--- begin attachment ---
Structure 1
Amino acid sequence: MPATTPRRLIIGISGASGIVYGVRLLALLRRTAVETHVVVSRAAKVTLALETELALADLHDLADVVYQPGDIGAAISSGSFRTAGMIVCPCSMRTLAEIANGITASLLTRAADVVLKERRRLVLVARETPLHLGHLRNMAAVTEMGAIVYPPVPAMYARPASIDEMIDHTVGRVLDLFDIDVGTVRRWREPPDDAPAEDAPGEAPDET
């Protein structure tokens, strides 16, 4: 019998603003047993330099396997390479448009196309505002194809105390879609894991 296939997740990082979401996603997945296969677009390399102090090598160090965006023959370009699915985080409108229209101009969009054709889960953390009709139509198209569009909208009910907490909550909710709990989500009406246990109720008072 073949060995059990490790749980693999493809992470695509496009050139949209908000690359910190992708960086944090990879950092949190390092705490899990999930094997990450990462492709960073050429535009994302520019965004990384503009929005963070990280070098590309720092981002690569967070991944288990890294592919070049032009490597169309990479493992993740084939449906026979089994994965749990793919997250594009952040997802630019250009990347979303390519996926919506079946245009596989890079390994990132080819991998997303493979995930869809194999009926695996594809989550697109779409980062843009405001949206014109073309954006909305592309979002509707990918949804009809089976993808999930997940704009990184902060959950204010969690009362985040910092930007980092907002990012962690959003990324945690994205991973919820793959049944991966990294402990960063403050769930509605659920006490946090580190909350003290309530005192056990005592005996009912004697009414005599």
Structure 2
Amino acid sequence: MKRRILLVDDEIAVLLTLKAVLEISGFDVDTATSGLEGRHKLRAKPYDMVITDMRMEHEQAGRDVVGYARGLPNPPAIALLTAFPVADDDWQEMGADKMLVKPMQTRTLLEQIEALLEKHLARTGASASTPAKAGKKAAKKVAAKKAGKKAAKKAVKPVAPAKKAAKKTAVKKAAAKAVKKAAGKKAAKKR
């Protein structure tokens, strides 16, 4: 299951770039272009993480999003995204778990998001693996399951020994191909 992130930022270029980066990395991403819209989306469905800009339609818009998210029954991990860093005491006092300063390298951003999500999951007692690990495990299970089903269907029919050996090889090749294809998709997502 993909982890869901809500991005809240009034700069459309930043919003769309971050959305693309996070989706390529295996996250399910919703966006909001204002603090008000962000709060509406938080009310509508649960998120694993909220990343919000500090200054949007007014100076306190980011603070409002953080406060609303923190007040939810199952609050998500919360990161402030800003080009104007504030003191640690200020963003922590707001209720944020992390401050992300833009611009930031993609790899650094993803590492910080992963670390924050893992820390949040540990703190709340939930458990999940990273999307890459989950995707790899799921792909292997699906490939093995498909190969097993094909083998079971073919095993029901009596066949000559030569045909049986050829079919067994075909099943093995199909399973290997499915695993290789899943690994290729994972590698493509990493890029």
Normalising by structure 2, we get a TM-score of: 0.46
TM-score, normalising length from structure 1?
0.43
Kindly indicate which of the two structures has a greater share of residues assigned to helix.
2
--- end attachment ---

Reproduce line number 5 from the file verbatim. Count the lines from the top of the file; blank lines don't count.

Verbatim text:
Amino acid sequence: MKRRILLVDDEIAVLLTLKAVLEISGFDVDTATSGLEGRHKLRAKPYDMVITDMRMEHEQAGRDVVGYARGLPNPPAIALLTAFPVADDDWQEMGADKMLVKPMQTRTLLEQIEALLEKHLARTGASASTPAKAGKKAAKKVAAKKAGKKAAKKAVKPVAPAKKAAKKTAVKKAAAKAVKKAAGKKAAKKR